I’m not sure exactly when it happened but somehow I’ve become middle class. At least, I think I have – it’s hard to tell these days.
I grew up in East London in a terraced house that had a toilet tacked on to the end of it. My parents were a milkman and a home help. I went to a local secondary school, left with few O levels and stayed on for a few weeks to study A levels. That is, until I got offered a job and needed to ‘pay my way’ at home.
I suppose the slide started when I was 22. After stints at a chemical manufacturers, as a milkman and then in the civil service (they really did take on anyone), I went to America for a year. It was only meant to be an 8 week trip, as far as my boss was concerned, but a car accident at week 6 gave me the opportunity I'd been looking for.
True, I’d held pretensions of writing a novel since I was 17, like many other disaffected adolescents. However, by the time I got back from New York, I had a rough draft of a very rough novel. And that’s not false modesty; I still have the original handwritten and typed versions.
Fast forward a lot of years and I’m a manager in a Telco, where I started out as a clerical officer. I’m living in Cornwall and posting this now as a distraction from the ongoing edit of a different novel. And that original manuscript? Well, it's much improved over the years, I hope. And a contract has been signed with a 2009 publication date looming. [You can read about it elsewhere in this blog.]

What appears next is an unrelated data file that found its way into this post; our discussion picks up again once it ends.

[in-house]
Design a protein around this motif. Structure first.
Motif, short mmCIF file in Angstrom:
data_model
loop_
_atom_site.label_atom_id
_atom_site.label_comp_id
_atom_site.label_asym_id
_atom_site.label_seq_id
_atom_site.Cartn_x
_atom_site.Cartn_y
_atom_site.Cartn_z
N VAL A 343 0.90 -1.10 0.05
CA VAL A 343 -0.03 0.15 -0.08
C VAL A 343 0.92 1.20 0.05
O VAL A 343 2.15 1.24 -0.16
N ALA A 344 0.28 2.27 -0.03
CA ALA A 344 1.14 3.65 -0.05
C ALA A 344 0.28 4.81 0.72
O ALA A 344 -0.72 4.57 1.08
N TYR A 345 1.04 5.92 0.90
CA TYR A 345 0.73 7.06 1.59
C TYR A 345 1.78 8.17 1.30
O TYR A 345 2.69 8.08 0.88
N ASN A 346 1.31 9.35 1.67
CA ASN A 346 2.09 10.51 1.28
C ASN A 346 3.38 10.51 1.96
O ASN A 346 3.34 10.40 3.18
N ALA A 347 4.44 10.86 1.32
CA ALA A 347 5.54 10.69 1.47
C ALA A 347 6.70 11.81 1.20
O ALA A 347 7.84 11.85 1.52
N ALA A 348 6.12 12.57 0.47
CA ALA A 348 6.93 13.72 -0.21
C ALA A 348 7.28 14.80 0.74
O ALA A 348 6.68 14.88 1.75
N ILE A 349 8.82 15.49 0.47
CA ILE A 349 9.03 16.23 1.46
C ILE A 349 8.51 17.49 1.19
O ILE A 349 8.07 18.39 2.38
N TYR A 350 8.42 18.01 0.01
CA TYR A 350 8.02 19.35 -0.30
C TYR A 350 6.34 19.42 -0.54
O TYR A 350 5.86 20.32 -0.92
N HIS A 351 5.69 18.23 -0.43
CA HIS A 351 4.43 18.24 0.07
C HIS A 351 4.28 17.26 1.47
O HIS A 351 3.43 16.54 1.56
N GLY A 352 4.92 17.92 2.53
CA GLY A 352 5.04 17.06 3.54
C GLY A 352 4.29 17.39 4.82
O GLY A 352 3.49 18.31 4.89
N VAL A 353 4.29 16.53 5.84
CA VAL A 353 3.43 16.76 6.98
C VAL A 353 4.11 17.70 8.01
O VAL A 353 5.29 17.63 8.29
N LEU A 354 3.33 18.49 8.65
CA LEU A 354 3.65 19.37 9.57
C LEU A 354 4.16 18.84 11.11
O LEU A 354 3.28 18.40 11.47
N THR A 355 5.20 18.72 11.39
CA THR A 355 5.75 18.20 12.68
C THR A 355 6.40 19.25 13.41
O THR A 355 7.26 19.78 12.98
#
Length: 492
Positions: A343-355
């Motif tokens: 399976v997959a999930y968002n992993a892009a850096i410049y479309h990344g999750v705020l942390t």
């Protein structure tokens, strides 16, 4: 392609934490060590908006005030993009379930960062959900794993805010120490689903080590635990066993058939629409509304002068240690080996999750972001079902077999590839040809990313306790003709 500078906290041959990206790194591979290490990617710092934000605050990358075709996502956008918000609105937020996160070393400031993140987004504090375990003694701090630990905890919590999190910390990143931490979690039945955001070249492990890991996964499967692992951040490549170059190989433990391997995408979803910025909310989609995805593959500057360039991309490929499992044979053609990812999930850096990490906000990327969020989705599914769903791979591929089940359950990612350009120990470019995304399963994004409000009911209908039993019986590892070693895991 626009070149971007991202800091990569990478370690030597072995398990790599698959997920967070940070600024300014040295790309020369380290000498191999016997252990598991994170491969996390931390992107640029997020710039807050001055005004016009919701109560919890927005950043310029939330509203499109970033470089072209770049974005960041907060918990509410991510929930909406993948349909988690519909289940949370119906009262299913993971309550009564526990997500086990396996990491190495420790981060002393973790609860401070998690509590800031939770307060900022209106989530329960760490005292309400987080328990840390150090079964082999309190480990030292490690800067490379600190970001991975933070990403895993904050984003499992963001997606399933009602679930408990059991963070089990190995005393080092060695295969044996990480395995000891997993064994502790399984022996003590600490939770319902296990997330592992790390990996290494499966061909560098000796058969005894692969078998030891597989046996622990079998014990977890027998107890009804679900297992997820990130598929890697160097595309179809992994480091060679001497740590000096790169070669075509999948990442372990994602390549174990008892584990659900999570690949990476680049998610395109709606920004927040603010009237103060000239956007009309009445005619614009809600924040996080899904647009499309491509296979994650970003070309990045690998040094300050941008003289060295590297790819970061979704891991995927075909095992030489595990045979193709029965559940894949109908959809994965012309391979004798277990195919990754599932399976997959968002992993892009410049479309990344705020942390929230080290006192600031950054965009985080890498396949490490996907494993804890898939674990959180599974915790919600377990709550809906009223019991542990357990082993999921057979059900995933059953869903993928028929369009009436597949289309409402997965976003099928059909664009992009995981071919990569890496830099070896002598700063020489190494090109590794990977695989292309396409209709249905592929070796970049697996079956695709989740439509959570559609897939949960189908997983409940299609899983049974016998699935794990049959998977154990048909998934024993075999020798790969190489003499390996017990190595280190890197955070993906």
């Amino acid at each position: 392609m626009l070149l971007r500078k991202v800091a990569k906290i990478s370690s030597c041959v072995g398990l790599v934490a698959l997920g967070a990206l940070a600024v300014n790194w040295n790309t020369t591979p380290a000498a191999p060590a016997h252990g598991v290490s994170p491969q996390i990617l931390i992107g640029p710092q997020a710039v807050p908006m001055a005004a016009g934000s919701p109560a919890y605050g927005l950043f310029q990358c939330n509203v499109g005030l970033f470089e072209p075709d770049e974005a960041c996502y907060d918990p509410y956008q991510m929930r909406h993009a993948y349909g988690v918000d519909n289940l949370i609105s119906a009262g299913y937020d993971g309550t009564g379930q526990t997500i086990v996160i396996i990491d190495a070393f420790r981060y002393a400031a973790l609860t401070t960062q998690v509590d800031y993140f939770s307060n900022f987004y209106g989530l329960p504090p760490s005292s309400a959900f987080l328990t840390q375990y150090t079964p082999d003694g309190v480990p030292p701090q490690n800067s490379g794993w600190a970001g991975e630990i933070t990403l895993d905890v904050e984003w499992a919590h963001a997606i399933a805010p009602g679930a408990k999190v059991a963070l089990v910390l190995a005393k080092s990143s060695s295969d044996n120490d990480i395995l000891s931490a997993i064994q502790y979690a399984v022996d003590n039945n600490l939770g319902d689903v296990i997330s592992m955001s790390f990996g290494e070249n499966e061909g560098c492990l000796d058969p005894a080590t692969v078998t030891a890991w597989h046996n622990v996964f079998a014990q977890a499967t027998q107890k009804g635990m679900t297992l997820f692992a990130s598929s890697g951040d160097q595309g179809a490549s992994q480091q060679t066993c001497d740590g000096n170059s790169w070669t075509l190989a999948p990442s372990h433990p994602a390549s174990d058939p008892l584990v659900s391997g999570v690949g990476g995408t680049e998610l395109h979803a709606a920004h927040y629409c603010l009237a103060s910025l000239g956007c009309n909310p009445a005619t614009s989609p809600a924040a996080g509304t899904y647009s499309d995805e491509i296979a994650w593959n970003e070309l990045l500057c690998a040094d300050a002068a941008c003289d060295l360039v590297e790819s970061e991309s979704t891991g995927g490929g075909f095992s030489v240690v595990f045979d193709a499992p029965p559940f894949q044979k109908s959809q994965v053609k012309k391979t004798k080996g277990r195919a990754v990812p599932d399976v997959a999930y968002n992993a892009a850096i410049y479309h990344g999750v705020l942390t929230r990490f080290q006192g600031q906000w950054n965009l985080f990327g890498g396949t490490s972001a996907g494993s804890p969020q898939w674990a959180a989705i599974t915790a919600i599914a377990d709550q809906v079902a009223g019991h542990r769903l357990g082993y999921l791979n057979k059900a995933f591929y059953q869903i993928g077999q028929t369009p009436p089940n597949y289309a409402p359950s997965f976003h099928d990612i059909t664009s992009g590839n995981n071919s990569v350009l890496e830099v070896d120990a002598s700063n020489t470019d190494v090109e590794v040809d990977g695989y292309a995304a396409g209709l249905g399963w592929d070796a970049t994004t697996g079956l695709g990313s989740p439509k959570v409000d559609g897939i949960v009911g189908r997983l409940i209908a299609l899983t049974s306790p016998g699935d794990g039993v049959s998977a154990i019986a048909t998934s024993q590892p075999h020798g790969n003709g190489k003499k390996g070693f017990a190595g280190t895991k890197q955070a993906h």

Now, my brother maintained that I had become middle class on the following charges:
1. Purchasing an Aga - guilty, using my partner’s redundancy payout.
2. Possessing a golden retriever - guilty, it was a second-hand one.
3. Driving a brand new car - guilty, but he paid for it after the family house was sold.
4. Reading the Guardian - guilty, once a week, on a Saturday.
I could ask to be taken into consideration: writing that second novel (available to all good literary agents and publishers, gag & sketch writing as a hobby and co-writing The Little Book of Cynics (plug, plug).
Evidence to the contrary is more circumstantial but I’d probably chalk up on the list:
1. Pro union and worker’s rights (I may not be a shop steward anymore but I still know the difference between socialism and socialising).
2. A lifelong and heartfelt love of swearing (thanks mum!) and not in any ironic way.
3. One business suit to my name. (And when it wears out, I’ll get another one, in the sales)
4. I eat in front of the TV. And not through a lack of furniture.
5. My idea of a good meal out is going down one of the local pubs.
I think, on balance, I’ve a foot in each camp. Whatever I am now, the roots of my upbringing run deep and rightly so. If a taxi driver can win Mastermind and a bus driver can be a successful novelist then surely I can knock up a story or two.